Food at Friendly's restaurant.

Friendly's has faced store closures this past year.

Surprise Restaurant Shutdowns Could Decrease with Proposed Bills

Operations would need to notify employees 90 days in advance.

Members of both houses of Congress introduced bills in late November that would require restaurants to notify employees 90 days in advance of a location closing. 

The bills come just months after full-service chain Friendly’s closed 15 locations in upstate New York, which is represented as one of the Senate bill’s co-sponsors, Sen. Charles Schumer (D-NY). Schumer is joined by co-sponsor Sen. Patty Murray (D-WA) and the original sponsor, Sen. Sherrod Brown (D-OH).

In a statement with Brown and Murray, Schumer said, too often, companies that shut down give their employees hardly any or no notice, leaving workers and their families to deal with the fallout.

“This is wrong and it must come to an end immediately,” he said. “The Fair Warning Act would hold employers accountable for their business decisions and ensure workers and their families get the notice they need to prepare for and respond to layoffs.”

The version that U.S. Representatives Tim Ryan (D-OH) and David Trone (D-MD) introduced in the House of Representatives, titled the Fair Warning Act of 2019, would require restaurants to notify each affected employee, a representative of the employees, or secretary or governor of the state before the closing. After the company sends that notification, it must wait 90 calendar days before it can order the closing of the sit. The Senate bill contains the same requirement.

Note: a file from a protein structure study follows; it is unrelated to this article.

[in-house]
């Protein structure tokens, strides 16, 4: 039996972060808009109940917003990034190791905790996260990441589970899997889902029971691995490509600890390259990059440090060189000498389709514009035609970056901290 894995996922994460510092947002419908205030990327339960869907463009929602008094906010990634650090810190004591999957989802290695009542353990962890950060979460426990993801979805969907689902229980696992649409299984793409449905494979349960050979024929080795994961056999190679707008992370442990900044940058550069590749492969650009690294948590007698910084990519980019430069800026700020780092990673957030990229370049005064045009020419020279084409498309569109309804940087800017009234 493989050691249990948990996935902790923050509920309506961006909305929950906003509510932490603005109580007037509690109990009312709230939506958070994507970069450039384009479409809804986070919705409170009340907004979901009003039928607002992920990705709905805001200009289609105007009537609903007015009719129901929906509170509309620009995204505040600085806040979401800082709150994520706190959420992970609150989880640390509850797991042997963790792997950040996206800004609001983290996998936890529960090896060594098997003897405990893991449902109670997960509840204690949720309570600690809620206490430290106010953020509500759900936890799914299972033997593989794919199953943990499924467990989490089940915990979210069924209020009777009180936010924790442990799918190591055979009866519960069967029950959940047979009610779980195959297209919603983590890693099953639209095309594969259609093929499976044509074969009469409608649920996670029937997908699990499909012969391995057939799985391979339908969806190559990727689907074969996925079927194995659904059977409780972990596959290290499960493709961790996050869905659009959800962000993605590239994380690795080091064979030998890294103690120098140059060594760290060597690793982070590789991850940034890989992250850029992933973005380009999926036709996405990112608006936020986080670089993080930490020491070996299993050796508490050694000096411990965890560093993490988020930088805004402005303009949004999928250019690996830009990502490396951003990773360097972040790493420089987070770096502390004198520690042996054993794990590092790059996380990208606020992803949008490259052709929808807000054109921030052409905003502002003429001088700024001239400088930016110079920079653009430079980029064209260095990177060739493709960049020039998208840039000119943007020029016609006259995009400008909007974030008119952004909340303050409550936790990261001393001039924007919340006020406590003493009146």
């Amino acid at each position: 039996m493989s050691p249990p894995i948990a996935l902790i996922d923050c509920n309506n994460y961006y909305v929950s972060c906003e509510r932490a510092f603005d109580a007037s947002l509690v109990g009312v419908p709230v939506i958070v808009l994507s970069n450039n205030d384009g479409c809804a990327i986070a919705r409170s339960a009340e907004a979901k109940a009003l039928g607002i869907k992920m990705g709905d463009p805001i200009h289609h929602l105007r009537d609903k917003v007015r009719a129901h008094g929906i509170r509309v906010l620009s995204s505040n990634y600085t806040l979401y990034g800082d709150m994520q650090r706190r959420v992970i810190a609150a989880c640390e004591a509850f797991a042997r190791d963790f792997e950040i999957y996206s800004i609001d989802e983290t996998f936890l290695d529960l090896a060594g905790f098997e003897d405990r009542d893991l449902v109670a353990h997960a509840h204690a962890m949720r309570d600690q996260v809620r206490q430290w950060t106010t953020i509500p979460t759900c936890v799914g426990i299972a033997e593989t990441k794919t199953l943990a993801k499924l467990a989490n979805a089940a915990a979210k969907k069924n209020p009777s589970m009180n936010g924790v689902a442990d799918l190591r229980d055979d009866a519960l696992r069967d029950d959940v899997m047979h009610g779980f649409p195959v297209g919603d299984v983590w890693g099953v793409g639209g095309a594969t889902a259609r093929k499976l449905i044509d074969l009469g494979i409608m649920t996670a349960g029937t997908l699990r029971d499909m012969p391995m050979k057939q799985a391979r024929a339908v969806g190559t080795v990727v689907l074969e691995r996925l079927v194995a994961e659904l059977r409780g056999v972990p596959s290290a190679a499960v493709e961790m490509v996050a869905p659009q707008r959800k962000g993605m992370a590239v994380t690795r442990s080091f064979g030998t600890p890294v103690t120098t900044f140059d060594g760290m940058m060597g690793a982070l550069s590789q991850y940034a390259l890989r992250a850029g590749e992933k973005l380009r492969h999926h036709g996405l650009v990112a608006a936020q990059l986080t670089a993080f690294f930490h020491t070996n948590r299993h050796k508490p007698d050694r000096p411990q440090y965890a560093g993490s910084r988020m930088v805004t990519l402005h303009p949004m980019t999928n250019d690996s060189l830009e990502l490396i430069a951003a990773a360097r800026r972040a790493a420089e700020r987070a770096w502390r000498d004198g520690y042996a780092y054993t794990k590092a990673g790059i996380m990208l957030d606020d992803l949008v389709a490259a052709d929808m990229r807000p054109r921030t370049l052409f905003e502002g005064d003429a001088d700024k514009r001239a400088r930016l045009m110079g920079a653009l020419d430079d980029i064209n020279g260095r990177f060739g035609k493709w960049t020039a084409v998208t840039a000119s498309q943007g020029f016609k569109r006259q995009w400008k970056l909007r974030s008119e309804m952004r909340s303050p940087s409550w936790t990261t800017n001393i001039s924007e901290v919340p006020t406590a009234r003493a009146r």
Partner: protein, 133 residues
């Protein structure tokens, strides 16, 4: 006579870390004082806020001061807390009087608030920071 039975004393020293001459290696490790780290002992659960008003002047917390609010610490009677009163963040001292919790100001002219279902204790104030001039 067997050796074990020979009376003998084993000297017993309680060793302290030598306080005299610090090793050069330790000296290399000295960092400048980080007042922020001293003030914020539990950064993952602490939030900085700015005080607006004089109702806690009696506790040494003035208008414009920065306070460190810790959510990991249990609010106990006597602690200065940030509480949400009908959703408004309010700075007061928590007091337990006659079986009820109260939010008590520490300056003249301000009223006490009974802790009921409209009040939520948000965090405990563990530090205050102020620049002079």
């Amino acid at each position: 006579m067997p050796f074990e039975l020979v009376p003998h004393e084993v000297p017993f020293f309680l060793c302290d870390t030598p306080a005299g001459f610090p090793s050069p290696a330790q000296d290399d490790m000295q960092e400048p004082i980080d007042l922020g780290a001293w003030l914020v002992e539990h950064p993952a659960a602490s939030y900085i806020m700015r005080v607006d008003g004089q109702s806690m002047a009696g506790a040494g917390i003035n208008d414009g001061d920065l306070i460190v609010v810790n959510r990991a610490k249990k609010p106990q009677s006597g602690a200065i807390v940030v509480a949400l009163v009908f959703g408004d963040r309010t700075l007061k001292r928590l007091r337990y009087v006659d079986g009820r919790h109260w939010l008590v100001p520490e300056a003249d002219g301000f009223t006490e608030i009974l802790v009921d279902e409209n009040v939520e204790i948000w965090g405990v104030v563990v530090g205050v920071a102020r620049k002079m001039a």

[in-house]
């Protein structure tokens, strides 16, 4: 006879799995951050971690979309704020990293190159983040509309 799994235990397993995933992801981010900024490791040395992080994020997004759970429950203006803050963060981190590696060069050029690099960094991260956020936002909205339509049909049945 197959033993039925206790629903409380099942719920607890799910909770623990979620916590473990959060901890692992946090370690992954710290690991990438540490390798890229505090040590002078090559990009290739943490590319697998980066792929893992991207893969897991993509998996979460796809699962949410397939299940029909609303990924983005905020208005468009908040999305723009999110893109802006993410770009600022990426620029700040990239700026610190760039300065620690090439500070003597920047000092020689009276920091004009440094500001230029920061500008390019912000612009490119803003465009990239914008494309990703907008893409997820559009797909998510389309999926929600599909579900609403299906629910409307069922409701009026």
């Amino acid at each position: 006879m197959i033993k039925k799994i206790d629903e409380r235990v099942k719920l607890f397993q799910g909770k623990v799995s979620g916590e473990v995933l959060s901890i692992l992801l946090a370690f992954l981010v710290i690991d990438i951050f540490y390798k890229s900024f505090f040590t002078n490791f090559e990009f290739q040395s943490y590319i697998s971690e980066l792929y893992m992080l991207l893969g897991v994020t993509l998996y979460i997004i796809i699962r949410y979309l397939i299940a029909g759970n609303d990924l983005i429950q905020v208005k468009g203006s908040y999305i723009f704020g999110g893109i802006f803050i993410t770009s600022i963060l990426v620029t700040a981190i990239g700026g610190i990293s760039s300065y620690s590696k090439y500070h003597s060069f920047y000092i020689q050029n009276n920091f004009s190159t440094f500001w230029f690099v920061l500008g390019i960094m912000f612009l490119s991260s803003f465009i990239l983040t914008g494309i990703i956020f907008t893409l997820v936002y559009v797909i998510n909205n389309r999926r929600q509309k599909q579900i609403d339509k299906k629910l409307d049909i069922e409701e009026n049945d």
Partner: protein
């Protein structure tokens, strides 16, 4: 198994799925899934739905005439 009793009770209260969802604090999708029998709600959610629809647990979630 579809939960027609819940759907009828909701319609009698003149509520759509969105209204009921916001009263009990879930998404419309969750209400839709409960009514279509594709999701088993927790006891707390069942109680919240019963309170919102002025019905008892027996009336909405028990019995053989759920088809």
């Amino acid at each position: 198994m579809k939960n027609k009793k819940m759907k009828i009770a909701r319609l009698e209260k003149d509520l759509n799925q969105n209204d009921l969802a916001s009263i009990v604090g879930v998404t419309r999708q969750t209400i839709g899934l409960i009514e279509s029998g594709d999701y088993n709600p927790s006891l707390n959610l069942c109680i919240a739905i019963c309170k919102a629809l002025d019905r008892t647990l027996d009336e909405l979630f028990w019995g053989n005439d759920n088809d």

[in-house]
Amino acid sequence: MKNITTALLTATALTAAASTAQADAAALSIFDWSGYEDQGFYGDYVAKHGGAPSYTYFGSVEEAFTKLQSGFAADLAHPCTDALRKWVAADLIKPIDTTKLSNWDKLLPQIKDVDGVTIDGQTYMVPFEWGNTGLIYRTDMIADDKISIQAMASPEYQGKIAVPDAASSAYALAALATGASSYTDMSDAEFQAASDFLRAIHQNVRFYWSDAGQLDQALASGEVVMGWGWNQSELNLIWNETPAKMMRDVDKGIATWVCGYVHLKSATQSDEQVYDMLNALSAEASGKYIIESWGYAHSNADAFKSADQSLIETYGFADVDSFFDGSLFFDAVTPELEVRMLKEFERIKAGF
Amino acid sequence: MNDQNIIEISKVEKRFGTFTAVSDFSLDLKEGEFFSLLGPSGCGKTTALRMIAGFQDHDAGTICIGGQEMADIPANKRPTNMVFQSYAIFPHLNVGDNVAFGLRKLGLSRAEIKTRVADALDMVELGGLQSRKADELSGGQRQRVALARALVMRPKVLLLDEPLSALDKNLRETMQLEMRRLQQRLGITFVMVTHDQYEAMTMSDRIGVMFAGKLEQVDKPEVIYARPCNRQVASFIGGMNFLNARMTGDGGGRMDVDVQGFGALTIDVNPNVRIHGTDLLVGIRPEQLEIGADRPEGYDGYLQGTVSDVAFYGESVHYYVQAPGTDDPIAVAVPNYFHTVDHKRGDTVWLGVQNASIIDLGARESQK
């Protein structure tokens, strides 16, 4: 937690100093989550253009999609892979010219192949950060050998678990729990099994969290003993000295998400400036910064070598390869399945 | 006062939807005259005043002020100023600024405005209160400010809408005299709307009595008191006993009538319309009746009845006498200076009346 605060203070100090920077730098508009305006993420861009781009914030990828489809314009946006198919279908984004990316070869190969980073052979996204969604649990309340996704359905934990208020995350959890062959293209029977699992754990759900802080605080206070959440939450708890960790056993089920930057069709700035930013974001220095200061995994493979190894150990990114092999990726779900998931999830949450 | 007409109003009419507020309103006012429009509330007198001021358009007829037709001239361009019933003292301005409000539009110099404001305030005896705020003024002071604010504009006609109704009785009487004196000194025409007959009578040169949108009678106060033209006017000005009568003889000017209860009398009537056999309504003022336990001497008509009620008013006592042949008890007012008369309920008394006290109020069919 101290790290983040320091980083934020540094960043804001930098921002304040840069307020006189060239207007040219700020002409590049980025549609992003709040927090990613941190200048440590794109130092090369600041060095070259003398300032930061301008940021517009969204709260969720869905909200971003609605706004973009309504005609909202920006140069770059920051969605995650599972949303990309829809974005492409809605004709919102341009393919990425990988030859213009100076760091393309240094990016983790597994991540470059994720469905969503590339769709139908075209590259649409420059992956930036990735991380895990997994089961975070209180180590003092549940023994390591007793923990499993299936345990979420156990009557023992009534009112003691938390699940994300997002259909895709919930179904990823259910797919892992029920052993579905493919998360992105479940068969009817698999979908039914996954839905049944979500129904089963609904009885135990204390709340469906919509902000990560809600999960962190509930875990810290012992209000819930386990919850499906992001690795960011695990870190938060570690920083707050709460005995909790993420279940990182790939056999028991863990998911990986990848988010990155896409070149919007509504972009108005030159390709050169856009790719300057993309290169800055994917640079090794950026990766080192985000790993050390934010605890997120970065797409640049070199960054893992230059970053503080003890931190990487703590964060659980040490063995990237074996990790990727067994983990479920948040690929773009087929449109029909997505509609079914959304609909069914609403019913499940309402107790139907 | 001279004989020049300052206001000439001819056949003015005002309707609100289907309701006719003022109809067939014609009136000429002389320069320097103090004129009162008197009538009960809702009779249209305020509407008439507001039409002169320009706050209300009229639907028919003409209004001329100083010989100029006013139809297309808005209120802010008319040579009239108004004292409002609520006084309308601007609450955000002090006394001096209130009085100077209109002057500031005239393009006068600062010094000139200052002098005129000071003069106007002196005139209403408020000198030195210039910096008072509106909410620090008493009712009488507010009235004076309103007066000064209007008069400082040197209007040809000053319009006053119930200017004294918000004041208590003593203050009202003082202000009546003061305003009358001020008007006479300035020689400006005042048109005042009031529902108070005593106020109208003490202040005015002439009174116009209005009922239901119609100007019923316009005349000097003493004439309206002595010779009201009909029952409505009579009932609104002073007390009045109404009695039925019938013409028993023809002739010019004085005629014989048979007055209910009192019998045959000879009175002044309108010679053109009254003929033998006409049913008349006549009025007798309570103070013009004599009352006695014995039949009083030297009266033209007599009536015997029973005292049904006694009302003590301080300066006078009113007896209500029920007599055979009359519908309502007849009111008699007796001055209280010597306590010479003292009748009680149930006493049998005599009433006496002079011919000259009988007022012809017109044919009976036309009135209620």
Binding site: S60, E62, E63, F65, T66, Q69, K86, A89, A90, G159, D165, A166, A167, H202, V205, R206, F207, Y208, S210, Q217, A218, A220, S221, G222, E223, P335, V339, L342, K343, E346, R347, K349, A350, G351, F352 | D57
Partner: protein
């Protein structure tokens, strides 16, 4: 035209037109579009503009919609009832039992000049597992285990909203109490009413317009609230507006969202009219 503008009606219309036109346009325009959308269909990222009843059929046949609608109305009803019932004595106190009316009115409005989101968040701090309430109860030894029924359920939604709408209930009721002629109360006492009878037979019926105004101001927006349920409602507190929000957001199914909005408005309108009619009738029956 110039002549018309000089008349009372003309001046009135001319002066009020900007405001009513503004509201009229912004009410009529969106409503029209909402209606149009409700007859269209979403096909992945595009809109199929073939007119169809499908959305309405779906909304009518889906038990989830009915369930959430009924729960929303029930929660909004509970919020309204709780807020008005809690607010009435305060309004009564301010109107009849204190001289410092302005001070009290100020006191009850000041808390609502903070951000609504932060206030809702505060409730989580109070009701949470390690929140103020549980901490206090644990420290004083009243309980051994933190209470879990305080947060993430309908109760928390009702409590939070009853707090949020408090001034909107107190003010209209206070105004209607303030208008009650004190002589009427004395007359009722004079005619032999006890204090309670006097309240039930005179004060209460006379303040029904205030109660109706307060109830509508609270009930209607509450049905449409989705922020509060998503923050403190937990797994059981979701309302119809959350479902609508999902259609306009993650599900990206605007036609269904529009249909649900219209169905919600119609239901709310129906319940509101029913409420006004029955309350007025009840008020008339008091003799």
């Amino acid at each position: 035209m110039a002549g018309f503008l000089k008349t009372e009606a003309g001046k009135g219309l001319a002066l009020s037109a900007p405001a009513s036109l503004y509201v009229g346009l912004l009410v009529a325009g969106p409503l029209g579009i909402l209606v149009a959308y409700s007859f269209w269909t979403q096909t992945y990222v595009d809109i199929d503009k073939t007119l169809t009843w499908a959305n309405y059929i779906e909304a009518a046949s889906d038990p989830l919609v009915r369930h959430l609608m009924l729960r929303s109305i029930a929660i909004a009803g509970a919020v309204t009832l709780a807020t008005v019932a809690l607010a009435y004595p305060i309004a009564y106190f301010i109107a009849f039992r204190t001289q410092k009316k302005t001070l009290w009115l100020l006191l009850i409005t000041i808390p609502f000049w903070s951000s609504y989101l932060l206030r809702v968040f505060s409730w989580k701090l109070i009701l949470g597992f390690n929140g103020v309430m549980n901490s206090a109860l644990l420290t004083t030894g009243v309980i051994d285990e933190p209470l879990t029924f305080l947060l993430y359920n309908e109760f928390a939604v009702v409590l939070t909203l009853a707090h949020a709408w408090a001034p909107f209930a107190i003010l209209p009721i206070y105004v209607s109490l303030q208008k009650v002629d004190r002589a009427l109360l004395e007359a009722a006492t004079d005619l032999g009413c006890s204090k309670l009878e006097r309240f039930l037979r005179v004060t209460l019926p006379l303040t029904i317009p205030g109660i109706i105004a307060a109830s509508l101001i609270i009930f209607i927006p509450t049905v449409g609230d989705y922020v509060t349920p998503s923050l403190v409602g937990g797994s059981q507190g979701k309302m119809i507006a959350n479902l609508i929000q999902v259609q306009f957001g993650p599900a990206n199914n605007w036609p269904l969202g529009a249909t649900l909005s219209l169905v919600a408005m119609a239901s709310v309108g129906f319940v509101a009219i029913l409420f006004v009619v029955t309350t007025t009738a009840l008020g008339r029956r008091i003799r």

The bill allows for exemptions to the 90-day requirement if the location will require refinancing or a new contractual agreement within the prescribed time window. The bill also allows for exemptions in the event of a natural disaster or terrorist attack.

The bill also lowers the threshold of companies that must notify workers from 100 employees to 50 employees, redefines terms to make requirements clearer for companies, and establishes an enforcement mechanism to hold companies accountable.

Brown, who initially introduced the bill in the Senate, says in a statement that a location closing with little notice is a reality with which the state of Ohio is also far too familiar.

“That’s why I’m joining Senators Schumer and Murray to introduce the Fair Warning Act to hold employers accountable and give workers and communities the notice they need to better prepare for and recover from these layoffs,” he said. “We cannot accept that the future of work means lower pay, less job security, and fewer workplace protections.”

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